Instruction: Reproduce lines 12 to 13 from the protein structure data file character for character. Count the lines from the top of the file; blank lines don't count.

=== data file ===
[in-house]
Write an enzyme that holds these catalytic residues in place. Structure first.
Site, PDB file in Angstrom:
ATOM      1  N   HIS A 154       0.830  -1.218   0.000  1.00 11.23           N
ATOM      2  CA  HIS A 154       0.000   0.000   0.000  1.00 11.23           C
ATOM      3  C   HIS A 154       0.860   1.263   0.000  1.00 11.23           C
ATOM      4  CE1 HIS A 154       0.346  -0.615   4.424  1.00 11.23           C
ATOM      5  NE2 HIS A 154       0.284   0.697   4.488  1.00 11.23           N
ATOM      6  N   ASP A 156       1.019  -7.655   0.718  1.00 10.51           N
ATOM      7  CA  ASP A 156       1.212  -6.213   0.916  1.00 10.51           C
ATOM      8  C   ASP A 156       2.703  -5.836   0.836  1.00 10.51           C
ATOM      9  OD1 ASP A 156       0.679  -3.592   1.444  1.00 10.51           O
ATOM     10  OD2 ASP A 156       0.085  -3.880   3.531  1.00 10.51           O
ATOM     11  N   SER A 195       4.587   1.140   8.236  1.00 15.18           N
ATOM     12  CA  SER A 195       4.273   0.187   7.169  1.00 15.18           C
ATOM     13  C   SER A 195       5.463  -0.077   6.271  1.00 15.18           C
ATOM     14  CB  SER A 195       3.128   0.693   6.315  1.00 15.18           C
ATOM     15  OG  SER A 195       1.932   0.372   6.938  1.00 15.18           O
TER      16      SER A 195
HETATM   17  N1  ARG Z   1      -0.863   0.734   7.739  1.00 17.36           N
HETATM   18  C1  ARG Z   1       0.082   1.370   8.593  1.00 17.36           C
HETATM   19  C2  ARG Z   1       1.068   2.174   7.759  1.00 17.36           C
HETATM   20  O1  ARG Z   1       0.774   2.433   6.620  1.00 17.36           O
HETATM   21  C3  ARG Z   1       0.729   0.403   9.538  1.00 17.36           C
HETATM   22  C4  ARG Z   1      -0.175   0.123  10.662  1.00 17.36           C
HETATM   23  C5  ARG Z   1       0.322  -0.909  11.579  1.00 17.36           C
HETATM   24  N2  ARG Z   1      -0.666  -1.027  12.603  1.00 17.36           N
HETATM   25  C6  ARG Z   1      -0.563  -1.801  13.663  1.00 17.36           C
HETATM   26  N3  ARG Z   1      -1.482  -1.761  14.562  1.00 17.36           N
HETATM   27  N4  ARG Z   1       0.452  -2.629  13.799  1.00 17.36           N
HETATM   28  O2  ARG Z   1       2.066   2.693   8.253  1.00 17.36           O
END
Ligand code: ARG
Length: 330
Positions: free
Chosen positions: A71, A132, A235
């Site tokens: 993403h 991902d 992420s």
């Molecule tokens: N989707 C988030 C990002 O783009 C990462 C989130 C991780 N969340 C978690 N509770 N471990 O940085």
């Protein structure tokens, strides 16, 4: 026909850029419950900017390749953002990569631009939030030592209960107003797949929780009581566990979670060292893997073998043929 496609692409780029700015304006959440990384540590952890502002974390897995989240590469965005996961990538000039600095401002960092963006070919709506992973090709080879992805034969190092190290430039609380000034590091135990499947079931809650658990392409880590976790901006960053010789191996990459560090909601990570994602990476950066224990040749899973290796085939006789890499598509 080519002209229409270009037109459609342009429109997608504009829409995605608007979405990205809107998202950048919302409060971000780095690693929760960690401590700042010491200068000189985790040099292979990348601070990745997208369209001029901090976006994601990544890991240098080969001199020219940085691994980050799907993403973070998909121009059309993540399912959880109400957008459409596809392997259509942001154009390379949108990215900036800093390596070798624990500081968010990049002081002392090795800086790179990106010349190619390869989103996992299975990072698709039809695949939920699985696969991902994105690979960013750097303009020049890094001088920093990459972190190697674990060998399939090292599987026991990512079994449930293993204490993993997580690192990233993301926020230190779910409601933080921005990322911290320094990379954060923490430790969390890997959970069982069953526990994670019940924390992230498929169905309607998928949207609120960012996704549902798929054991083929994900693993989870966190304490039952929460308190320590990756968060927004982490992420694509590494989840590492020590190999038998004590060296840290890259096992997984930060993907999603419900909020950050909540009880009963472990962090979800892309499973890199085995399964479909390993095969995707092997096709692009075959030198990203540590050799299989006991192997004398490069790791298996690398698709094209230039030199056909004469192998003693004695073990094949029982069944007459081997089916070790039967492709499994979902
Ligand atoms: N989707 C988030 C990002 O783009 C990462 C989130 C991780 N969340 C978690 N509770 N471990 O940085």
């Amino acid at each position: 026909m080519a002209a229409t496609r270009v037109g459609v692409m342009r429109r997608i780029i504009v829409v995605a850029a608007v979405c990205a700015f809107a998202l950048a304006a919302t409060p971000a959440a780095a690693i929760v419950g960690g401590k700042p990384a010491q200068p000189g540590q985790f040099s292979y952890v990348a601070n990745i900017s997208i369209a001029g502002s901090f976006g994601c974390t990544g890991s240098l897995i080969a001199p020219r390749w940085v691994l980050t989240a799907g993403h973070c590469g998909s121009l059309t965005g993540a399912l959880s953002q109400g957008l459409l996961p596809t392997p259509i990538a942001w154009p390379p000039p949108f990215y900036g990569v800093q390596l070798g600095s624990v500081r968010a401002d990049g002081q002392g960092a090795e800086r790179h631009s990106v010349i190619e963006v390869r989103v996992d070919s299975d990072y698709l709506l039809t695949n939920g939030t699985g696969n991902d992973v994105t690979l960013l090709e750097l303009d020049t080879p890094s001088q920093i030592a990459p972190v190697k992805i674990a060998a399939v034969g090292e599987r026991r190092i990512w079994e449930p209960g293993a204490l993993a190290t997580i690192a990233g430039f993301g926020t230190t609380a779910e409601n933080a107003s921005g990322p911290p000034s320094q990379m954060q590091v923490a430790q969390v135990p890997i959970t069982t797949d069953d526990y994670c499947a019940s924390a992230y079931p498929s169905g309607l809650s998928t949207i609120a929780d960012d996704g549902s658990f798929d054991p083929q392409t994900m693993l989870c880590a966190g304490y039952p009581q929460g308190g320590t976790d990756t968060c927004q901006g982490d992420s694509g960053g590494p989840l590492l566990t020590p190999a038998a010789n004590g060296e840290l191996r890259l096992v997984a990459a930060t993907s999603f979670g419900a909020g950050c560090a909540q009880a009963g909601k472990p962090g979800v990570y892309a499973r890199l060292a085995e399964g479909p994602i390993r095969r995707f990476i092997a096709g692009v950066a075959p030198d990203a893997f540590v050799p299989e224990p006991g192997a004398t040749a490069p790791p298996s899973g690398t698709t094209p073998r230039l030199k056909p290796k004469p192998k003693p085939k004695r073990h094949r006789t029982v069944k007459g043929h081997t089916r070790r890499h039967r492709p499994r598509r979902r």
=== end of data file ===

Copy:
ATOM      9  OD1 ASP A 156       0.679  -3.592   1.444  1.00 10.51           O
ATOM     10  OD2 ASP A 156       0.085  -3.880   3.531  1.00 10.51           O